Outlander, Harry Potter, Trainspotting and The Prime of Miss Jean Brodie will battle it out against Rob Roy, The 39 Steps and Whisky Galore in a public poll to decide Scotland’s greatest screen adaptation.
Film, TV and literary lovers are expected to vote in their thousands to decide the winner, which will be announced during Scotland’s annual week-long celebration of reading next month.
The Crow Road, Under The Skin, and Dr Jekyll and Mr Hyde are among the film and TV versions of classic novels by Iain Banks, Michel Faber and Robert Louis Stevenson respectively to make the longlist.
The 1971 TV adaptation of Lewis Grassic Gibbon’s Sunset Song, Walt Disney’s 1953 animated version of JM Barrie’s Peter Pan, and the BBC Scotland series The Vital Spark, which was based on Neil Munro’s Para Handy books, are also in contention.
Rebus, Hamish Macbeth, Case Historie and Wire in the Blood are among the modern-day TV series to stand a chance of winning.
Children’s favourites include Julia Donaldson’s The Gruffalo, Harry Potter and the Prisoner of Azkaban and Katie Morag, by Mairi Hedderwick.
The huge global fanbase for Outlander, the American TV series partly set in Scotland and adapted from Diana Gabaldon’s mult-million selling novels, will make it a strong contender to win the poll.
A line from Gabaldon’s first novel, which was released in 1991, was last year named the nation’s favourite literary quotation.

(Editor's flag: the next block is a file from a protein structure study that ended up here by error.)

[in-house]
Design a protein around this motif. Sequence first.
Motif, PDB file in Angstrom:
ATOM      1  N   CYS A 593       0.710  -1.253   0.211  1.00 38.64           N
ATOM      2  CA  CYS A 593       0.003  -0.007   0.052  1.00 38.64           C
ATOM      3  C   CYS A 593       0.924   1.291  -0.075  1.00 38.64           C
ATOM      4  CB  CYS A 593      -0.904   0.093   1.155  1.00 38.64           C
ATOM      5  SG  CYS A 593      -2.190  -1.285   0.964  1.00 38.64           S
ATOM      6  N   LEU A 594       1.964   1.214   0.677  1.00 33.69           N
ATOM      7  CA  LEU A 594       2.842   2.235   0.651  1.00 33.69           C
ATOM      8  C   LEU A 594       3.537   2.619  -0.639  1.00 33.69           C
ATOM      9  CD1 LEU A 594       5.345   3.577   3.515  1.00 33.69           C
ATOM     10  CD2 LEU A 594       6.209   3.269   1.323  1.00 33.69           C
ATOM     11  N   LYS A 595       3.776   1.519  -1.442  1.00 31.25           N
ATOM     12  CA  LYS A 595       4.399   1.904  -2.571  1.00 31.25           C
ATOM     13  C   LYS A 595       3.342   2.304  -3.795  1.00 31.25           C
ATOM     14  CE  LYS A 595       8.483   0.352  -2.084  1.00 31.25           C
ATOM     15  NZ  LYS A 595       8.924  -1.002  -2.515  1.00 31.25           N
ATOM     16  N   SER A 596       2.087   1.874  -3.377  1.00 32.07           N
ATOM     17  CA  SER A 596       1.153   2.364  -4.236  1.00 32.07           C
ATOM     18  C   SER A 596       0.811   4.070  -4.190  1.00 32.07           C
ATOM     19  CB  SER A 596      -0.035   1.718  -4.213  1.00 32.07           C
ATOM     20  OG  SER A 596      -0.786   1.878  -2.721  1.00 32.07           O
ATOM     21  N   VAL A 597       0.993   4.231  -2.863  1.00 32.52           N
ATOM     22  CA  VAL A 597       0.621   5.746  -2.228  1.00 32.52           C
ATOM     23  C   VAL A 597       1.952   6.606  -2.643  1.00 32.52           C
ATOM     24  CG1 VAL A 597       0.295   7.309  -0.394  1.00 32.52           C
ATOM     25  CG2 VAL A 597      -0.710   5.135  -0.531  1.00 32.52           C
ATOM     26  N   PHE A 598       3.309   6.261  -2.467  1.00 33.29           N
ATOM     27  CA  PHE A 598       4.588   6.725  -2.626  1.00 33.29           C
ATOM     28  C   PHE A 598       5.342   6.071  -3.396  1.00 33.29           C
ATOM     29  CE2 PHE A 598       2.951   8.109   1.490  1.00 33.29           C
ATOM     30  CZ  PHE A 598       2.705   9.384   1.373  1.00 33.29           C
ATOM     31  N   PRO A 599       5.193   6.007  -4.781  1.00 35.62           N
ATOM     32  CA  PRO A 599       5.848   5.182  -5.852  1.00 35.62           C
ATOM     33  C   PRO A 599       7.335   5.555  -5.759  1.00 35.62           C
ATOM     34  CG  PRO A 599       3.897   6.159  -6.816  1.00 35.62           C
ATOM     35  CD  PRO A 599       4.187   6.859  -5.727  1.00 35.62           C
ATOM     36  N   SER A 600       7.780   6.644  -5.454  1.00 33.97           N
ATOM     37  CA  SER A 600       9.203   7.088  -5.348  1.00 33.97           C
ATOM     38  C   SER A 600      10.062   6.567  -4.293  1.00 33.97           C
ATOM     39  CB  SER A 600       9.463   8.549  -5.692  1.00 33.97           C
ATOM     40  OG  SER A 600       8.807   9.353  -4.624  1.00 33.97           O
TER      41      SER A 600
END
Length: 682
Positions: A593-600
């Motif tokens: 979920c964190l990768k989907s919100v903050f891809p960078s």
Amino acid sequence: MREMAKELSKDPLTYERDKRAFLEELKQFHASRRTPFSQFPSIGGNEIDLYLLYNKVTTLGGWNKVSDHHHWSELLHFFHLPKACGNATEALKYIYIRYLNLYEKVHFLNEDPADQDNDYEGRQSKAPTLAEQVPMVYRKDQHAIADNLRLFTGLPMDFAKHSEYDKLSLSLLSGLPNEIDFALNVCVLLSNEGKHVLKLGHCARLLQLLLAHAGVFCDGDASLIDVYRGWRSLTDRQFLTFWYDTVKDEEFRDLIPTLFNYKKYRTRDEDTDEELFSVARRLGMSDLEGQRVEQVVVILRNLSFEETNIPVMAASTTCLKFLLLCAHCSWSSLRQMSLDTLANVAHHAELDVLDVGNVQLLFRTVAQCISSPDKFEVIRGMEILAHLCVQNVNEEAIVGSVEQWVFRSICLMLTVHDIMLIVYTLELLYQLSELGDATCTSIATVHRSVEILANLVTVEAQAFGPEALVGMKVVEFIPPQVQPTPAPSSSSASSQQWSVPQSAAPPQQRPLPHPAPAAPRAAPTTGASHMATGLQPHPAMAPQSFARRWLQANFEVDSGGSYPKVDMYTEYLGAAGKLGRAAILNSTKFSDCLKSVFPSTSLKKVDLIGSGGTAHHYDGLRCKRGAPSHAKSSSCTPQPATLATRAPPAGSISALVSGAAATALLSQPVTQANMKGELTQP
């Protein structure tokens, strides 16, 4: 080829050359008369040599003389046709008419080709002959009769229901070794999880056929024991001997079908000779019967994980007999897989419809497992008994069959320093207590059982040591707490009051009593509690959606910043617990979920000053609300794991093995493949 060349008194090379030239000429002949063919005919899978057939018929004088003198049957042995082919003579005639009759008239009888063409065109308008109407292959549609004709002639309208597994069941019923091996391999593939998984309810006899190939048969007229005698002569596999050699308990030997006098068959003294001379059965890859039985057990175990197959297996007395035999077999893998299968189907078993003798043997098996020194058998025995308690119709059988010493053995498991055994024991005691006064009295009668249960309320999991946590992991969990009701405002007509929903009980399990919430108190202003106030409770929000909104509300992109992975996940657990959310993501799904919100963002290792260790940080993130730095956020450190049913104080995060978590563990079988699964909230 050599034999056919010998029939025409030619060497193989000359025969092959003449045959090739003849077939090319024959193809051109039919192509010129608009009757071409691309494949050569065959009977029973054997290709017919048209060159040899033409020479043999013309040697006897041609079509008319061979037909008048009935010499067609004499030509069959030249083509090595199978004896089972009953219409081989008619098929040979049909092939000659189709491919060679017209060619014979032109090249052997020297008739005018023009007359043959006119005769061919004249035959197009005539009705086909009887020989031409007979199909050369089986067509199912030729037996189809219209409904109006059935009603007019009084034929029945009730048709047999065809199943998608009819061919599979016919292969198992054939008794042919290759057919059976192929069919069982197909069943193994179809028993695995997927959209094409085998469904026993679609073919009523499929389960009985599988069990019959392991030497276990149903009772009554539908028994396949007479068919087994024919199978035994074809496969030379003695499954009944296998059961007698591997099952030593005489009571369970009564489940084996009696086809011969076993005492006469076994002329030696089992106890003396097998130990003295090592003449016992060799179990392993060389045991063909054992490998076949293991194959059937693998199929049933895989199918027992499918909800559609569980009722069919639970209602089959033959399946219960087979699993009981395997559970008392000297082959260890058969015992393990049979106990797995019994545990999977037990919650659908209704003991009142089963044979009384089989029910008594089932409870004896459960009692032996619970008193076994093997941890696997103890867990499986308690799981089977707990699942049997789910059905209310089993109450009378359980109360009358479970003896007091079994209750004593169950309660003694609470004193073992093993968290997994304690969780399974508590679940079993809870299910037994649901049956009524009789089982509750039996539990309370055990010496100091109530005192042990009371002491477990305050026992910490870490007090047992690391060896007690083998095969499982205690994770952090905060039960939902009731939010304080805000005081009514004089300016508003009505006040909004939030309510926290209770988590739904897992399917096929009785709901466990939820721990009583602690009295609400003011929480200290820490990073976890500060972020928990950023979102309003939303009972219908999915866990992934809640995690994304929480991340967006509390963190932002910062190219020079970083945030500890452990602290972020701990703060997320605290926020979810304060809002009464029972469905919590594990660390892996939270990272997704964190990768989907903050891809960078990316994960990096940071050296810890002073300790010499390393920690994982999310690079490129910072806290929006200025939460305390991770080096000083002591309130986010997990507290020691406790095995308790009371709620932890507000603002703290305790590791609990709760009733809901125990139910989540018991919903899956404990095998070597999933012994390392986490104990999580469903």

However, Trainspotting is also likely to be a contender thanks to the 20th anniversary of Danny Boyle’s iconic movie adaptation of Irvine Welsh’s book and the forthcoming sequel, which was filmed in Scotland earlier this year.
Meanwhile, organisers of the Book Week Scotland celebration announced that actor Alan Cumming, broadcaster Tony Robinson, chef Mark Greenaway and former Scots Makar Liz Lochhead will be taking part in special events across the country.
Authors in the line-up for the fifth annual nationwide event, which runs from November 21-27, include Jodi Picoult, Will Self, Christopher Brookmyre, Jenni Fagan, Alexander McCall Smith and Ian Rankin.
More than half a million books will be given away during Book Week Scotland, including 150,00 copies of a short story collection of “secrets and confessions” of dark secrets submitted by members of the public.
Organisers are also encouraging people to take on a reading dare to coincide with Book Week Scotland by gifting a book or reading excerpts to a stranger.
Marc Lambert, chief executive of the Scottish Book Trust, which runs the initiative, said: “It’s a fantastically positive endorsement of Scotland’s thriving literary scene that Book Week Scotland is now entering its fifth year, bigger, better and bolder than ever before.”